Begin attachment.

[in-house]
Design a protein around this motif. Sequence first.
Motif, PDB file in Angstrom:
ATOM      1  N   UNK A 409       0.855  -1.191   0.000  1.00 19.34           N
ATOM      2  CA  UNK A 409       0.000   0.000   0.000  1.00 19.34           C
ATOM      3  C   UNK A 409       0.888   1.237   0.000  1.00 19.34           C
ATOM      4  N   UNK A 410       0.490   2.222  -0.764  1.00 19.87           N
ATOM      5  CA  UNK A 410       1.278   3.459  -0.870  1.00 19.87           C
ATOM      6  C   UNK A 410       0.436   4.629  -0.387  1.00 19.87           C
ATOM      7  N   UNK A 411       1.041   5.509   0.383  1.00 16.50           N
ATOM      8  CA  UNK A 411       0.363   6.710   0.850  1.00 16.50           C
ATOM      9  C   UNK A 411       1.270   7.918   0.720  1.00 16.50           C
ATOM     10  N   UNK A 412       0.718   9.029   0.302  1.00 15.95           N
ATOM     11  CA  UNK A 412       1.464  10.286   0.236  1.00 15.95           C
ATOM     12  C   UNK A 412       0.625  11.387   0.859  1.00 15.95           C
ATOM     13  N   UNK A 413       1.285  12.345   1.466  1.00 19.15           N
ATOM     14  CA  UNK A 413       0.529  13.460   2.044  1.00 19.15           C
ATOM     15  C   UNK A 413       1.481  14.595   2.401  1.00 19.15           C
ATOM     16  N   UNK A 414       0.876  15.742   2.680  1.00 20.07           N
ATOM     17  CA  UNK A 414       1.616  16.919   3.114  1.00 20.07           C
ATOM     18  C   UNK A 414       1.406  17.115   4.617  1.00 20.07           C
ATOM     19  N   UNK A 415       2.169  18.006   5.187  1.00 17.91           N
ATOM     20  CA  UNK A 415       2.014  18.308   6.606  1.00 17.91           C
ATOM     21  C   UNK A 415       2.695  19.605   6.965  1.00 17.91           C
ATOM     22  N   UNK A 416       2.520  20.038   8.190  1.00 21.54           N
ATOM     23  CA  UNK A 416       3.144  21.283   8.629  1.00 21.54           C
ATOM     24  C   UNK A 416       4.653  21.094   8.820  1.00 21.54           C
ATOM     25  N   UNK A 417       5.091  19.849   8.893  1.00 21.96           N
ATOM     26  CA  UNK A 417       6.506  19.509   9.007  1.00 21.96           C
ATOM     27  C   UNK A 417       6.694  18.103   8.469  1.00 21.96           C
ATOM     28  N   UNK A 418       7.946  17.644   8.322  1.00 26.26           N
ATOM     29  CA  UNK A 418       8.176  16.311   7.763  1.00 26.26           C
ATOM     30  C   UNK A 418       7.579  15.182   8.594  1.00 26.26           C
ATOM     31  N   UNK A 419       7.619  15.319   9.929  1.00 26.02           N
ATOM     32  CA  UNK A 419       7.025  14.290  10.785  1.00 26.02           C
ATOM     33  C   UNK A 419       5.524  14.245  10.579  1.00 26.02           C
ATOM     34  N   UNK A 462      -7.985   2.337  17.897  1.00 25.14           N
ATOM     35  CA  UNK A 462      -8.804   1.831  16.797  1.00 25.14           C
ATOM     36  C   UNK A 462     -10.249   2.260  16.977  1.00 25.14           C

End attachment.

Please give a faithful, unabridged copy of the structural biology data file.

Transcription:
[in-house]
Design a protein around this motif. Sequence first.
Motif, PDB file in Angstrom:
ATOM      1  N   UNK A 409       0.855  -1.191   0.000  1.00 19.34           N
ATOM      2  CA  UNK A 409       0.000   0.000   0.000  1.00 19.34           C
ATOM      3  C   UNK A 409       0.888   1.237   0.000  1.00 19.34           C
ATOM      4  N   UNK A 410       0.490   2.222  -0.764  1.00 19.87           N
ATOM      5  CA  UNK A 410       1.278   3.459  -0.870  1.00 19.87           C
ATOM      6  C   UNK A 410       0.436   4.629  -0.387  1.00 19.87           C
ATOM      7  N   UNK A 411       1.041   5.509   0.383  1.00 16.50           N
ATOM      8  CA  UNK A 411       0.363   6.710   0.850  1.00 16.50           C
ATOM      9  C   UNK A 411       1.270   7.918   0.720  1.00 16.50           C
ATOM     10  N   UNK A 412       0.718   9.029   0.302  1.00 15.95           N
ATOM     11  CA  UNK A 412       1.464  10.286   0.236  1.00 15.95           C
ATOM     12  C   UNK A 412       0.625  11.387   0.859  1.00 15.95           C
ATOM     13  N   UNK A 413       1.285  12.345   1.466  1.00 19.15           N
ATOM     14  CA  UNK A 413       0.529  13.460   2.044  1.00 19.15           C
ATOM     15  C   UNK A 413       1.481  14.595   2.401  1.00 19.15           C
ATOM     16  N   UNK A 414       0.876  15.742   2.680  1.00 20.07           N
ATOM     17  CA  UNK A 414       1.616  16.919   3.114  1.00 20.07           C
ATOM     18  C   UNK A 414       1.406  17.115   4.617  1.00 20.07           C
ATOM     19  N   UNK A 415       2.169  18.006   5.187  1.00 17.91           N
ATOM     20  CA  UNK A 415       2.014  18.308   6.606  1.00 17.91           C
ATOM     21  C   UNK A 415       2.695  19.605   6.965  1.00 17.91           C
ATOM     22  N   UNK A 416       2.520  20.038   8.190  1.00 21.54           N
ATOM     23  CA  UNK A 416       3.144  21.283   8.629  1.00 21.54           C
ATOM     24  C   UNK A 416       4.653  21.094   8.820  1.00 21.54           C
ATOM     25  N   UNK A 417       5.091  19.849   8.893  1.00 21.96           N
ATOM     26  CA  UNK A 417       6.506  19.509   9.007  1.00 21.96           C
ATOM     27  C   UNK A 417       6.694  18.103   8.469  1.00 21.96           C
ATOM     28  N   UNK A 418       7.946  17.644   8.322  1.00 26.26           N
ATOM     29  CA  UNK A 418       8.176  16.311   7.763  1.00 26.26           C
ATOM     30  C   UNK A 418       7.579  15.182   8.594  1.00 26.26           C
ATOM     31  N   UNK A 419       7.619  15.319   9.929  1.00 26.02           N
ATOM     32  CA  UNK A 419       7.025  14.290  10.785  1.00 26.02           C
ATOM     33  C   UNK A 419       5.524  14.245  10.579  1.00 26.02           C
ATOM     34  N   UNK A 462      -7.985   2.337  17.897  1.00 25.14           N
ATOM     35  CA  UNK A 462      -8.804   1.831  16.797  1.00 25.14           C
ATOM     36  C   UNK A 462     -10.249   2.260  16.977  1.00 25.14           C